Disaster at the Willows

‘Who are they’, asked Mole?

‘Reservoir Dogs, Upton Chapter’, explained Ratty. ‘They’re all called Mr Green and they’re looking for the small bloke’.

‘Isn’t that him behind them’, enquired Mole?

‘Master of disguise’, said Ratty. ‘Plus they’ve all overdosed on Prosecco’.

 

 

‘What are you doing behind there, asked Mole? ‘She’s been looking for you all morning’

‘Hiding’, said Ratty. ‘Has he gone yet?’

‘Yes’, said Mole. ‘Haven’t you noticed how quiet it is?’

‘Where’s Toad’, asked Ratty?

‘Hospital’, reported Mole sadly. ‘Her father’s operating’.

 

 

 

 

‘Make him put me down’, screamed Ratty.

 

 

 

 

,Careful’, warned Mole. ‘He’s already killed Toad’.

 

 

‘He’s looking very pleased with himself’, observed Ratty.

‘Regrettable incident last time’, said Toad. ‘Still, he’s redeemed himself don’t you know’.

‘Are we all allowed on this grass at the same time’, asked Mole?

 

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The Willows in summer

‘Who’s that taking photos’, asked Mole?

‘It’s her father’, said Ratty. ‘He’s got his own blog’.

Are we going viral’, enquired Mole?

‘You can go where you like’, said Toad. ‘There’s a lot of wine flowing in this garden and I’m staying put’.


‘What’s going on’, asked Mole?

‘Her parents are coming to lunch. She’s scrubbing the deck’.

‘Is she scared of them’, said Mole?

‘Have you met her father’, asked Toad?

 

‘What’s an understatement’, asked Mole?

‘For example’, said Ratty, ‘when you said things weren’t going too well, that was an understatement.’

‘Does he know he’s cut two identical pieces’, chortled Toad?

‘He will do when he tries to put the other one up’, replied Ratty.

 

‘Present for you old boy, said Toad.

‘Thank-you very much’, said Mole who was quite overcome. ‘It’s lovely. What is it?’

‘Magazine rack’, explained Toad. ‘For your periodicals: Country Life, Horse and Hounds, Racing Post, The Spectator, don’t you know’.

‘Radio Times’, asked Mole timidly?

‘Pfff’, said Toad.

 

‘What’s that’, asked Mole?

‘It’s an old tool trug’, explained Ratty.

‘Trug’, repeated Mole. ‘That’s a funny word’.

‘Truck’, asked Toad? ‘Toot, toot’.

New arrivals in the Willows

‘What’s that’, asked Mole?

‘It’s an old tool trug’, said Ratty.

‘Trug’, repeated Mole. ‘That’s a funny word’.

‘Truck’, asked Toad? ‘Toot, toot’.

 

‘Why is it called a hide’, asked Mole?

‘Because we’re hiding’, answered Ratty.

‘Who from’, continued Mole?

‘Brian Blackbird’, replied Ratty. ‘He’s feeding his new son’.

‘What’s he called’, enquired Mole?

‘Louis’, said Toad. ‘Don’t you read the papers?’

Yet more from the willows

‘I see Alice has moved house’, reported Ratty.

‘And stolen an egg’, replied Mole despondently.

 

 

‘Lovely to see the hyacinths back’, noted Ratty appreciatively.

Toad was confused: ‘very pretty old boy, but where are the wheels? Toot, toot’.

 

‘What’s all the commotion’, asked Mole?

‘It’s a crow chasing a buzzard away’, relied Ratty who had climbed to the highest point in the garden.

‘Crikey’, said Mole, ‘all life passes here’.

‘Speaking of which’, said Ratty, ‘has anyone seen Alice?’

‘Gone shopping’, said Toad enigmatically. ‘Toot, toot’.

‘Hello boys’, said Alice who had just returned from her shopping trip.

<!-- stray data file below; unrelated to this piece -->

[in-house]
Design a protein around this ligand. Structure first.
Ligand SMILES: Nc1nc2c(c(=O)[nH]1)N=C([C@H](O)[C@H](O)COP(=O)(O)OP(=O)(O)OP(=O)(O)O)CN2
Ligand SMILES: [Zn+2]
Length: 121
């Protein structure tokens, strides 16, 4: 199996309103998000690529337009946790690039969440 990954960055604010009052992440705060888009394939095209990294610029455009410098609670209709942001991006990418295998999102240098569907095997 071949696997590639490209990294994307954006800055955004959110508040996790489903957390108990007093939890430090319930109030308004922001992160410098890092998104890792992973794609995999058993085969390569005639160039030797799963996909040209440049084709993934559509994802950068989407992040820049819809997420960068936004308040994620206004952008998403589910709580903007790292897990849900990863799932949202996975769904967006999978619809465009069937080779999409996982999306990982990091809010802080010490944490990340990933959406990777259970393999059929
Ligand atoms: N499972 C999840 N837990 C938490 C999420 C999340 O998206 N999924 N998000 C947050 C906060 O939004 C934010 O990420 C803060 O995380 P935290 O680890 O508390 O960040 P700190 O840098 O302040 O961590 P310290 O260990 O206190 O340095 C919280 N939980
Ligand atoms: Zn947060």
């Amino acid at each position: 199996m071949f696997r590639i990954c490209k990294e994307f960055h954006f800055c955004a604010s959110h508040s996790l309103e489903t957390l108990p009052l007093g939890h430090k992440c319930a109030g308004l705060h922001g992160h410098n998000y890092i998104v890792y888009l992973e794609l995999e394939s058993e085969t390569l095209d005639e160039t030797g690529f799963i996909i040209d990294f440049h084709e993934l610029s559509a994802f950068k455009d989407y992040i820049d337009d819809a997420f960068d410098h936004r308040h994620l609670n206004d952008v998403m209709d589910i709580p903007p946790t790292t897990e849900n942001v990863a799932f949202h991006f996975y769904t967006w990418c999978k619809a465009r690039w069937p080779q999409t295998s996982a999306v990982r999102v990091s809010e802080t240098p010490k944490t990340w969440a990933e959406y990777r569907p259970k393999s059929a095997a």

‘New dress’, asked Mole?

‘New hair’, asked Ratty?

‘Port and lemon’, asked Toad?

 

 

 

The story so far

At the beginning of March, when the weather was such that I was forced to pass too much time indoors, I posted a little conversation on Facebook undertaken by some characters who live on my decking. It proved rather popular, as have the subsequent posts. Some folk think there should be a new blog devoted just to these ‘stories’. While I ponder that, I’ve decided to record them here for those weasel followers not on FB. Here they are, starting logically with the first:


‘Not looking good’, said Ratty.

‘No’, replied Mole. ‘I suppose that’s another day of eggs on toast’.

 

 

‘Is it Christmas?’ asked Mole.

‘No’, replied Ratty. ‘Why?’

‘Well’, said Mole sadly, ‘there were so many people in Tesco, I was nearly trampled on’.

‘That’s what happens when folk are sick of eggs’, Ratty explained.

‘Toot, toot, there wasn’t even any petrol’, shouted Toad angrily.

‘Good job we’ve got a boat then’, said the rat.

‘Do you think the daffodils will be alright after the snow?’ asked Mole.

‘Can’t be any worse than my hair’, responded Alice, who was certainly looking unkempt.

‘Never mind’, said Toad. ‘Have a drink with me’.

‘No thanks’, said Alice. ‘I know what happens when I start drinking. I used to be five feet tall’.

‘What’s happening Ratty? asked Mole. ‘I’m scared’.

‘Don’t worry’, Ratty replied calmly. ‘We’re having a brand new lawn’.

‘Will it be nicer than the old one?’

‘The old one was like Alice’s dress’, said Ratty. ‘Needed throwing away’.

‘Is that a real lawn?’ asked the mole cautiously.

‘It’s as real as we are’, replied Ratty.

‘What do you mean?’

‘Good grief!’ exclaimed Toad. ‘Do you mean you haven’t told him yet?’

‘Told me what? And why has Ratty fainted?’ asked Mole.

‘Ratty, there’s something on my nose’, said Mole sadly.

‘That’s nothing’, replied the rat. ‘Have you seen the state of Alice’s hair this morning?’

‘**** off’, said Alice.

‘Ratty?’

‘Don’t say a word’, whispered the rat.

‘But who is it?’

‘Friend of Toad I imagine’, answered Ratty.

‘Will it be here long?’ asked Mole.

‘I certainly hope not’, replied the rat looking the other way.

‘Ratty?’

The rat increasingly felt that he’d been mistaken for the Oracle of Delphi. ‘Ask Toad’, he said a tiny bit grumpily.

‘Easter charabanc party old boy’, explained Toad. ‘Toot , toot’.

More to follow, as and when, if you like it.